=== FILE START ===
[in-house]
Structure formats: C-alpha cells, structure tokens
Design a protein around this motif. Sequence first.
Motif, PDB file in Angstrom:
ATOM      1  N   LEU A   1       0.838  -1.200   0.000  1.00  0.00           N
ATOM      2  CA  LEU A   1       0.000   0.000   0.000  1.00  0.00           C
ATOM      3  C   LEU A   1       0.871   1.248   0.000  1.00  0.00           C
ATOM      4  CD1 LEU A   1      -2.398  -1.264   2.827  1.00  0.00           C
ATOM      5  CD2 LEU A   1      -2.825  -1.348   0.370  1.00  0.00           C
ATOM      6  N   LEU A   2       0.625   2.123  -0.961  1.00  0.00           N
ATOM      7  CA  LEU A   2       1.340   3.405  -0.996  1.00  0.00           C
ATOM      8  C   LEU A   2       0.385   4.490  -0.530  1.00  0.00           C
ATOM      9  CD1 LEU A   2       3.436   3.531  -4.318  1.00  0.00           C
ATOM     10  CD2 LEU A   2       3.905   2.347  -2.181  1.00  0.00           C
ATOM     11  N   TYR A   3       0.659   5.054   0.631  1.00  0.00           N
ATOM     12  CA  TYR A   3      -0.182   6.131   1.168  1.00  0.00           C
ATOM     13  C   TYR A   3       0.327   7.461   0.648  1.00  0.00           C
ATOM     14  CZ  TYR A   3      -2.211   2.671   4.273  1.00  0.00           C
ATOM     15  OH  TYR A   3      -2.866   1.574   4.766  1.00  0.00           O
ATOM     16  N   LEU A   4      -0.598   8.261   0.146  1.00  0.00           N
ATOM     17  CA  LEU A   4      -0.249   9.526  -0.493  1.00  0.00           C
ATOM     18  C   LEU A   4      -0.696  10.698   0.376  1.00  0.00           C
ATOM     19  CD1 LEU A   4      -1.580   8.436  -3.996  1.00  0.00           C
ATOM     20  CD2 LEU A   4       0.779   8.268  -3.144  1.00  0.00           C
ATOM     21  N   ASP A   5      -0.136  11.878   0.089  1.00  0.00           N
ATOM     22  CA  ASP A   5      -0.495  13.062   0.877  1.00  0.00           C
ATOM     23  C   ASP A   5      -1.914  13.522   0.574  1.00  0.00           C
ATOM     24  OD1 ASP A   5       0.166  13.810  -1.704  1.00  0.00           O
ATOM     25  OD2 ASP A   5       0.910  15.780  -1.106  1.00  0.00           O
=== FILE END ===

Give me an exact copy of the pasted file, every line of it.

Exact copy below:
[in-house]
Structure formats: C-alpha cells, structure tokens
Design a protein around this motif. Sequence first.
Motif, PDB file in Angstrom:
ATOM      1  N   LEU A   1       0.838  -1.200   0.000  1.00  0.00           N
ATOM      2  CA  LEU A   1       0.000   0.000   0.000  1.00  0.00           C
ATOM      3  C   LEU A   1       0.871   1.248   0.000  1.00  0.00           C
ATOM      4  CD1 LEU A   1      -2.398  -1.264   2.827  1.00  0.00           C
ATOM      5  CD2 LEU A   1      -2.825  -1.348   0.370  1.00  0.00           C
ATOM      6  N   LEU A   2       0.625   2.123  -0.961  1.00  0.00           N
ATOM      7  CA  LEU A   2       1.340   3.405  -0.996  1.00  0.00           C
ATOM      8  C   LEU A   2       0.385   4.490  -0.530  1.00  0.00           C
ATOM      9  CD1 LEU A   2       3.436   3.531  -4.318  1.00  0.00           C
ATOM     10  CD2 LEU A   2       3.905   2.347  -2.181  1.00  0.00           C
ATOM     11  N   TYR A   3       0.659   5.054   0.631  1.00  0.00           N
ATOM     12  CA  TYR A   3      -0.182   6.131   1.168  1.00  0.00           C
ATOM     13  C   TYR A   3       0.327   7.461   0.648  1.00  0.00           C
ATOM     14  CZ  TYR A   3      -2.211   2.671   4.273  1.00  0.00           C
ATOM     15  OH  TYR A   3      -2.866   1.574   4.766  1.00  0.00           O
ATOM     16  N   LEU A   4      -0.598   8.261   0.146  1.00  0.00           N
ATOM     17  CA  LEU A   4      -0.249   9.526  -0.493  1.00  0.00           C
ATOM     18  C   LEU A   4      -0.696  10.698   0.376  1.00  0.00           C
ATOM     19  CD1 LEU A   4      -1.580   8.436  -3.996  1.00  0.00           C
ATOM     20  CD2 LEU A   4       0.779   8.268  -3.144  1.00  0.00           C
ATOM     21  N   ASP A   5      -0.136  11.878   0.089  1.00  0.00           N
ATOM     22  CA  ASP A   5      -0.495  13.062   0.877  1.00  0.00           C
ATOM     23  C   ASP A   5      -1.914  13.522   0.574  1.00  0.00           C
ATOM     24  OD1 ASP A   5       0.166  13.810  -1.704  1.00  0.00           O
ATOM     25  OD2 ASP A   5       0.910  15.780  -1.106  1.00  0.00           O